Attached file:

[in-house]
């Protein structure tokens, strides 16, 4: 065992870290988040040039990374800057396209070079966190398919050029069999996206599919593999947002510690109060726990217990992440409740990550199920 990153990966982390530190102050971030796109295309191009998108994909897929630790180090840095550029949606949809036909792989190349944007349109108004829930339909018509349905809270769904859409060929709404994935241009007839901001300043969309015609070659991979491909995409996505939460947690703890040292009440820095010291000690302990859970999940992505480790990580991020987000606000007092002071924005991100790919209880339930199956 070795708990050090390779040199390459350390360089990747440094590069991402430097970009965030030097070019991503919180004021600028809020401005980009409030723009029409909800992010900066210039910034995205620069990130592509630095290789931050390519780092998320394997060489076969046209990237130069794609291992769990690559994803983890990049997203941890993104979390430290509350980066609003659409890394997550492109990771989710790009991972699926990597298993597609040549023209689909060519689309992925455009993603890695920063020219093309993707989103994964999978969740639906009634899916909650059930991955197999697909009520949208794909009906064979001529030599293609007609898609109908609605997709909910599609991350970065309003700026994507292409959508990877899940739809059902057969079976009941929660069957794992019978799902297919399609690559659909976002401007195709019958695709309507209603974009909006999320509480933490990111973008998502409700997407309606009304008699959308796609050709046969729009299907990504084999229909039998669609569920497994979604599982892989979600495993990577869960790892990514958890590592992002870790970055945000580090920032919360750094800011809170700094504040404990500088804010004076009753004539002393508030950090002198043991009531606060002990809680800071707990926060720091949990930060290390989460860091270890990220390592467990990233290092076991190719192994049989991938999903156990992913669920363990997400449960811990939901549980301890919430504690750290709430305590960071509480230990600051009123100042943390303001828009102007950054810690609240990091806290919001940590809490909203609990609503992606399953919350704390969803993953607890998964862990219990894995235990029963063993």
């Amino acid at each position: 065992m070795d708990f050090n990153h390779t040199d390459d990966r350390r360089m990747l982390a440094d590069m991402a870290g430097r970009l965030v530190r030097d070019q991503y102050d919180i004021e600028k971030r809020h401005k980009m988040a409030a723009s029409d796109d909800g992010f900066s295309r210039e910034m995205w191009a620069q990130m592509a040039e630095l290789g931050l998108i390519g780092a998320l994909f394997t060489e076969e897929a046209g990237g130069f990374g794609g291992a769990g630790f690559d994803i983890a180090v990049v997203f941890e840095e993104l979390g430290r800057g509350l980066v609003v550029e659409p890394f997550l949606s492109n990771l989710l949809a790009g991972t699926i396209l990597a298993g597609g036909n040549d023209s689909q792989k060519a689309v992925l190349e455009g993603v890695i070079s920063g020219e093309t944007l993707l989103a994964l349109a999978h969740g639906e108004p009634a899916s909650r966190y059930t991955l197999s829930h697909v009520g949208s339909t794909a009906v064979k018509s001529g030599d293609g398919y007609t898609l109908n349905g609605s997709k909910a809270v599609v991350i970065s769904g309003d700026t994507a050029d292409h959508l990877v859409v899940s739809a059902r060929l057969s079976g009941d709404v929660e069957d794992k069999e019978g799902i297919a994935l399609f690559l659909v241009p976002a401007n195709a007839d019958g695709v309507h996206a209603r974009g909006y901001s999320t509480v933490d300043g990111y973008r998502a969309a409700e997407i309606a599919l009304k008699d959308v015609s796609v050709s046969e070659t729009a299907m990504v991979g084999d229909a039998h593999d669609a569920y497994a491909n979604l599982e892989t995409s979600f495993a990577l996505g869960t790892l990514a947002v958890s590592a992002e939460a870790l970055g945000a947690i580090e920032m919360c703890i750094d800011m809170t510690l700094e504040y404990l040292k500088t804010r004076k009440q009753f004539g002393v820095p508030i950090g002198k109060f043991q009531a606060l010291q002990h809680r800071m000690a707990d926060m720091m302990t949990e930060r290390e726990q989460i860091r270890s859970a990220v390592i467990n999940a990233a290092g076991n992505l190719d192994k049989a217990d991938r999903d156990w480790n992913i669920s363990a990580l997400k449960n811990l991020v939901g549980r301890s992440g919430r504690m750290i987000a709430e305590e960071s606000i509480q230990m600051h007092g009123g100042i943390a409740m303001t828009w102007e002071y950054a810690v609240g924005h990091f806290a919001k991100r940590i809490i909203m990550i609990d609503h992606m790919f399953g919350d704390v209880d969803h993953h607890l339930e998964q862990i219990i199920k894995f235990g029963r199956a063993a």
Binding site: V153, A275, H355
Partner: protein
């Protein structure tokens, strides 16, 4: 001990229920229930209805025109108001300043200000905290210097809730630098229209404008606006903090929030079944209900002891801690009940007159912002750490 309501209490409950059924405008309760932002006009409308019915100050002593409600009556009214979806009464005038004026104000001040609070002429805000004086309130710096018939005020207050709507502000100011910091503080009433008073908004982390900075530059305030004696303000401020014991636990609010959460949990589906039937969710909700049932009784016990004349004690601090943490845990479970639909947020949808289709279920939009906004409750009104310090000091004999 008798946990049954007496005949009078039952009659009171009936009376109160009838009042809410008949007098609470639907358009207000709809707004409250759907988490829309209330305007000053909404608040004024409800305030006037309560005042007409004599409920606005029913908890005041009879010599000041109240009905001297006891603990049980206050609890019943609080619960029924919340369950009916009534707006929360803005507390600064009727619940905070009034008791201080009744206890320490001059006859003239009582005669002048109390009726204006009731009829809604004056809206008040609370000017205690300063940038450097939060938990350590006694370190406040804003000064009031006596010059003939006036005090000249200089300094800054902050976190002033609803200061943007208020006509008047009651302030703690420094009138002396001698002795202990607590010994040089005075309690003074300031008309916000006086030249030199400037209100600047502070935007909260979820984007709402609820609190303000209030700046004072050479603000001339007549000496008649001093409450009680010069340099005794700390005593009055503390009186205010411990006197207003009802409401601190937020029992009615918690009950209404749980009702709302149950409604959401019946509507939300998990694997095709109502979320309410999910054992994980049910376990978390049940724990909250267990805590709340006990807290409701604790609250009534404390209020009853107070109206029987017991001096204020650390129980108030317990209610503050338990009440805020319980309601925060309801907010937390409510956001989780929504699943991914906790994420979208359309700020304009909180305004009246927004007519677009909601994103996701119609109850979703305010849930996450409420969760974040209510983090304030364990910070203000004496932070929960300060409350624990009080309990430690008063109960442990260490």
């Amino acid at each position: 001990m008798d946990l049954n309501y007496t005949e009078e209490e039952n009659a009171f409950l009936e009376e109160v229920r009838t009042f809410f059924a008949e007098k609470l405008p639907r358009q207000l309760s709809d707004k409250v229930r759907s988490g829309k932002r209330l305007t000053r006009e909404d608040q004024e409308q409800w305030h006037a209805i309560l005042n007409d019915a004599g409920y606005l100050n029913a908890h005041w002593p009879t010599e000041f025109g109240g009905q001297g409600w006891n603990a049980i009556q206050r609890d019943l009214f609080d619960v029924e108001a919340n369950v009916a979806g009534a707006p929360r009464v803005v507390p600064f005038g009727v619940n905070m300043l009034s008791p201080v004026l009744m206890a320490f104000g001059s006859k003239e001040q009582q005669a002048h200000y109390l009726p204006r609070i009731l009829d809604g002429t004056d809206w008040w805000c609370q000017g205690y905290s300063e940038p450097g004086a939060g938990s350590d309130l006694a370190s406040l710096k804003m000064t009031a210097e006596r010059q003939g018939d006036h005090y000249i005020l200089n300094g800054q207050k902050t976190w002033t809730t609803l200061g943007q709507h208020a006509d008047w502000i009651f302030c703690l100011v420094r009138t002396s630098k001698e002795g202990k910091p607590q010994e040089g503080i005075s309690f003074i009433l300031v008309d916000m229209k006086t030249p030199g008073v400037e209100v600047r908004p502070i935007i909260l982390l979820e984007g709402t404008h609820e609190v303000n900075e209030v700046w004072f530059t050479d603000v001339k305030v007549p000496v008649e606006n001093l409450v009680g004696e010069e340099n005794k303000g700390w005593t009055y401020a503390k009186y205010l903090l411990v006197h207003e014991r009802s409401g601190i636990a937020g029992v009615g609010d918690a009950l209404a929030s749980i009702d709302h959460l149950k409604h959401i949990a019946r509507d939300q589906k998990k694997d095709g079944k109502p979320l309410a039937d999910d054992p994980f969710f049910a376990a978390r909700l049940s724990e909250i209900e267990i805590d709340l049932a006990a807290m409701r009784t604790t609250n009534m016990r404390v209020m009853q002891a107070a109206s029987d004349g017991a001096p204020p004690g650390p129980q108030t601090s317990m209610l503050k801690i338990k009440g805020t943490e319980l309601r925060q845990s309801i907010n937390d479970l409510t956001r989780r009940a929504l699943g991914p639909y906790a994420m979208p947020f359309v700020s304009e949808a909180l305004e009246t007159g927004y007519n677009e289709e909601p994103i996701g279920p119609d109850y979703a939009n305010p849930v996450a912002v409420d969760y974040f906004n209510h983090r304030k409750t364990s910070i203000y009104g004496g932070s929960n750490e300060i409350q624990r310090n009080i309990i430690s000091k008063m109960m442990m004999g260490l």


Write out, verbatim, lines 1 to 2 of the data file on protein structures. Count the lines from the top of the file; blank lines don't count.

[in-house]
């Protein structure tokens, strides 16, 4: 065992870290988040040039990374800057396209070079966190398919050029069999996206599919593999947002510690109060726990217990992440409740990550199920 990153990966982390530190102050971030796109295309191009998108994909897929630790180090840095550029949606949809036909792989190349944007349109108004829930339909018509349905809270769904859409060929709404994935241009007839901001300043969309015609070659991979491909995409996505939460947690703890040292009440820095010291000690302990859970999940992505480790990580991020987000606000007092002071924005991100790919209880339930199956 070795708990050090390779040199390459350390360089990747440094590069991402430097970009965030030097070019991503919180004021600028809020401005980009409030723009029409909800992010900066210039910034995205620069990130592509630095290789931050390519780092998320394997060489076969046209990237130069794609291992769990690559994803983890990049997203941890993104979390430290509350980066609003659409890394997550492109990771989710790009991972699926990597298993597609040549023209689909060519689309992925455009993603890695920063020219093309993707989103994964999978969740639906009634899916909650059930991955197999697909009520949208794909009906064979001529030599293609007609898609109908609605997709909910599609991350970065309003700026994507292409959508990877899940739809059902057969079976009941929660069957794992019978799902297919399609690559659909976002401007195709019958695709309507209603974009909006999320509480933490990111973008998502409700997407309606009304008699959308796609050709046969729009299907990504084999229909039998669609569920497994979604599982892989979600495993990577869960790892990514958890590592992002870790970055945000580090920032919360750094800011809170700094504040404990500088804010004076009753004539002393508030950090002198043991009531606060002990809680800071707990926060720091949990930060290390989460860091270890990220390592467990990233290092076991190719192994049989991938999903156990992913669920363990997400449960811990939901549980301890919430504690750290709430305590960071509480230990600051009123100042943390303001828009102007950054810690609240990091806290919001940590809490909203609990609503992606399953919350704390969803993953607890998964862990219990894995235990029963063993």